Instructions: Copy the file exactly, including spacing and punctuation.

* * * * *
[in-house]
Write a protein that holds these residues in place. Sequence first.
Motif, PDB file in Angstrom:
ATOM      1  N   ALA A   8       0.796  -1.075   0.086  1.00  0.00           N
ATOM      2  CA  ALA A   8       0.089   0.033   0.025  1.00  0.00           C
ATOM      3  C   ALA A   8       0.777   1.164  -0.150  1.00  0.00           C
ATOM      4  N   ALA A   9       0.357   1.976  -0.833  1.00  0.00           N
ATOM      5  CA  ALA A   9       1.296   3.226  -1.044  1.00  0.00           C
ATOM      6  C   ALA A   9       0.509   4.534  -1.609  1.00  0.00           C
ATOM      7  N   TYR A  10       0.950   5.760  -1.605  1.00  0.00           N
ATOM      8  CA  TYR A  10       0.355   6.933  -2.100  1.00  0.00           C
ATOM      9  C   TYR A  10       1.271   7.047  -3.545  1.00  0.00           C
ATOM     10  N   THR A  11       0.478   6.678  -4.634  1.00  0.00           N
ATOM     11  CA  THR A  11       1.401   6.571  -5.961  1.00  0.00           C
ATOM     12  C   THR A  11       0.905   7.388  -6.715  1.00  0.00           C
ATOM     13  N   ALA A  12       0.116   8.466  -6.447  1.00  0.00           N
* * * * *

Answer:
[in-house]
Write a protein that holds these residues in place. Sequence first.
Motif, PDB file in Angstrom:
ATOM      1  N   ALA A   8       0.796  -1.075   0.086  1.00  0.00           N
ATOM      2  CA  ALA A   8       0.089   0.033   0.025  1.00  0.00           C
ATOM      3  C   ALA A   8       0.777   1.164  -0.150  1.00  0.00           C
ATOM      4  N   ALA A   9       0.357   1.976  -0.833  1.00  0.00           N
ATOM      5  CA  ALA A   9       1.296   3.226  -1.044  1.00  0.00           C
ATOM      6  C   ALA A   9       0.509   4.534  -1.609  1.00  0.00           C
ATOM      7  N   TYR A  10       0.950   5.760  -1.605  1.00  0.00           N
ATOM      8  CA  TYR A  10       0.355   6.933  -2.100  1.00  0.00           C
ATOM      9  C   TYR A  10       1.271   7.047  -3.545  1.00  0.00           C
ATOM     10  N   THR A  11       0.478   6.678  -4.634  1.00  0.00           N
ATOM     11  CA  THR A  11       1.401   6.571  -5.961  1.00  0.00           C
ATOM     12  C   THR A  11       0.905   7.388  -6.715  1.00  0.00           C
ATOM     13  N   ALA A  12       0.116   8.466  -6.447  1.00  0.00           N